The Sustainable Groundwater Management Act of 2014: A Comparative Analysis of Alternative Management Plans and Adjudications

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The confluence of an antiquated water rights system, unpredictable supply, and political intervention fostered legislation that became known as the Sustainable Groundwater Management Act of 2014. The trio of legislation signed into law on September 16, 2014, by Governor Jerry Brown revolutionized an entrenched and fiercely independent management of California’s groundwater. The last western state to adopt comprehensive groundwater management, California was reeling from an epic drought that found many areas without water. Political pressure paved the way for overwhelming support for groundwater governance. Groundwater resources, typically 40% of the annual water supply swelled to 60% during the drought. Excessive pumping of the ungoverned resource in some areas caused wells to go dry, streams and habitats to suffer, and water quality to degrade. The legislation included AB 1739 (Dickinson), SB 1168 (Pavley), and SB 1319 (Pavley), which set forth the framework for groundwater governance highlighted by an historic drought beginning in 2012 and concluding in 2015, 1 year after the legislation was signed into law. The study evaluates the compliance of 2 groundwater groups: Adjudicated groundwater basins and users submitted an alternative management plan attesting to sustainable actions that comply with the new law.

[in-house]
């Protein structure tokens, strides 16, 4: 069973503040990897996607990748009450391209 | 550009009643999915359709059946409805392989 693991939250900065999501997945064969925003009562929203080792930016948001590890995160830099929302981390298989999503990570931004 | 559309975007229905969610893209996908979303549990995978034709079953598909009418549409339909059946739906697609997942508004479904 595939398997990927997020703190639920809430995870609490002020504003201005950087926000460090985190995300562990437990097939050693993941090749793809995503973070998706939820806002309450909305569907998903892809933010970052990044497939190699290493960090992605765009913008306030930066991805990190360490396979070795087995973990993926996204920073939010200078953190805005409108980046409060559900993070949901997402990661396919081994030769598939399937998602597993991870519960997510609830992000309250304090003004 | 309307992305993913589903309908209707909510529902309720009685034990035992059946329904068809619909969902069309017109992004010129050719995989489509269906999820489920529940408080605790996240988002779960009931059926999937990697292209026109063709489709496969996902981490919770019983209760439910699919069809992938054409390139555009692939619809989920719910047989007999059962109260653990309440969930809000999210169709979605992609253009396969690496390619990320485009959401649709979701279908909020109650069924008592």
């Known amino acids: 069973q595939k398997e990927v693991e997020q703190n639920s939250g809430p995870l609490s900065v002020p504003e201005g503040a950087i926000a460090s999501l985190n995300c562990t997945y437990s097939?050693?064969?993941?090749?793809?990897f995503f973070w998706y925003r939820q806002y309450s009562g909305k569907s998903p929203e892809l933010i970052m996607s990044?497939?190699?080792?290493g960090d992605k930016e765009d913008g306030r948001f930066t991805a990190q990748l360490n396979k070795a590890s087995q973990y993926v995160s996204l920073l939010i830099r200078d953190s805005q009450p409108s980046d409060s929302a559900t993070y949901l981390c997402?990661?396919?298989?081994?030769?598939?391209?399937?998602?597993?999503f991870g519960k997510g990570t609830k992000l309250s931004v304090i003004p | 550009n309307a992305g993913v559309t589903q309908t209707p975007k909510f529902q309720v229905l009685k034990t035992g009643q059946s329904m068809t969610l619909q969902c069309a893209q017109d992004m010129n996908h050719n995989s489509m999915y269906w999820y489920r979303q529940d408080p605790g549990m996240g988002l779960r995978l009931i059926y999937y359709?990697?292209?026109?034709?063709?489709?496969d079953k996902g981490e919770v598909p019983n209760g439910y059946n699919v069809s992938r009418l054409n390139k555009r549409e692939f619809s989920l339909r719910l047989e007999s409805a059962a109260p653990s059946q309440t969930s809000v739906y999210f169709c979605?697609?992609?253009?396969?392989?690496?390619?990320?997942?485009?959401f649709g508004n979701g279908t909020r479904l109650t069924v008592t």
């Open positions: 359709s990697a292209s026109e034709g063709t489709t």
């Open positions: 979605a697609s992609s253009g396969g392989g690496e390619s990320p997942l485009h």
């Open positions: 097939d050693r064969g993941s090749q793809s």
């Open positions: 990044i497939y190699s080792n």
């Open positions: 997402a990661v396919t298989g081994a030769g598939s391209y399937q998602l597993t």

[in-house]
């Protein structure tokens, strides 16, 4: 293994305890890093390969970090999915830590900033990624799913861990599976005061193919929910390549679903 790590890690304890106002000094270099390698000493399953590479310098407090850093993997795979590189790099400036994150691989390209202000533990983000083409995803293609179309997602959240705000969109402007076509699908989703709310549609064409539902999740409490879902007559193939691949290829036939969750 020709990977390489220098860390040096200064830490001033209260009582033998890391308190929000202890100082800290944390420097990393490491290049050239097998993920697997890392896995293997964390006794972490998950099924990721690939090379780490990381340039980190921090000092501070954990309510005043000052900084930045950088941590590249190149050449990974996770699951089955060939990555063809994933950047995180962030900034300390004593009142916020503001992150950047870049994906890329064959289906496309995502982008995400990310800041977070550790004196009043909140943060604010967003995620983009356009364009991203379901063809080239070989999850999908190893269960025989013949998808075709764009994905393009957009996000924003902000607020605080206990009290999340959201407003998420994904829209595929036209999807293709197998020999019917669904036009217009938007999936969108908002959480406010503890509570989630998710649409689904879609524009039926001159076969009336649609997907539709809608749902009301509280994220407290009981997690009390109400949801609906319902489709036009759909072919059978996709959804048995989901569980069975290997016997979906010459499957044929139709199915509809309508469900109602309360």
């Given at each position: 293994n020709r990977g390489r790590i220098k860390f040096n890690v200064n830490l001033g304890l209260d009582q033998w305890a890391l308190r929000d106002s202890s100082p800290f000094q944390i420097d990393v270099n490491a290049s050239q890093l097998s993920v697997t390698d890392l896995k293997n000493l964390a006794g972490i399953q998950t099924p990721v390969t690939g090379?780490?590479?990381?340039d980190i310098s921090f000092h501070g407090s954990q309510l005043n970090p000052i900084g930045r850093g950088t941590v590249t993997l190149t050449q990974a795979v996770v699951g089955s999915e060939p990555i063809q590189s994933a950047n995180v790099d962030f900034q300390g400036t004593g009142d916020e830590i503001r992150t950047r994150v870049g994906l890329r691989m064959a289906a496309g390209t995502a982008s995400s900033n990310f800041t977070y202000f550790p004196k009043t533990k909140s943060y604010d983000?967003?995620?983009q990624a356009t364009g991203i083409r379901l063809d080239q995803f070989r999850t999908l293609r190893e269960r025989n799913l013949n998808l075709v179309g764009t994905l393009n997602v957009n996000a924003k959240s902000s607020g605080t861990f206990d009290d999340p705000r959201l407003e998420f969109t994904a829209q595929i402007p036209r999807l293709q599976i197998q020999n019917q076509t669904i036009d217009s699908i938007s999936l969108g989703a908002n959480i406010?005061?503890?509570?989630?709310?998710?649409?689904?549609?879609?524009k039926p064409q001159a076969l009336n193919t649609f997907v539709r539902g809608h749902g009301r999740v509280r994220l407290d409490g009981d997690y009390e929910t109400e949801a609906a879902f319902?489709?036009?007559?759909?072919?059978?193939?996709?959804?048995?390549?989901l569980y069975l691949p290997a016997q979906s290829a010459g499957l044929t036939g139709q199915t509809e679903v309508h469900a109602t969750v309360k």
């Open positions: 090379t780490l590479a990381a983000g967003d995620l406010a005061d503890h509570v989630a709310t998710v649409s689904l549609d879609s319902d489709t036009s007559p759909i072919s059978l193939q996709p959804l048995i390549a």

A dissertation submitted in partial fulfillment of the requirements for the degree Doctor of Public Administration
Public Administration, Public Policy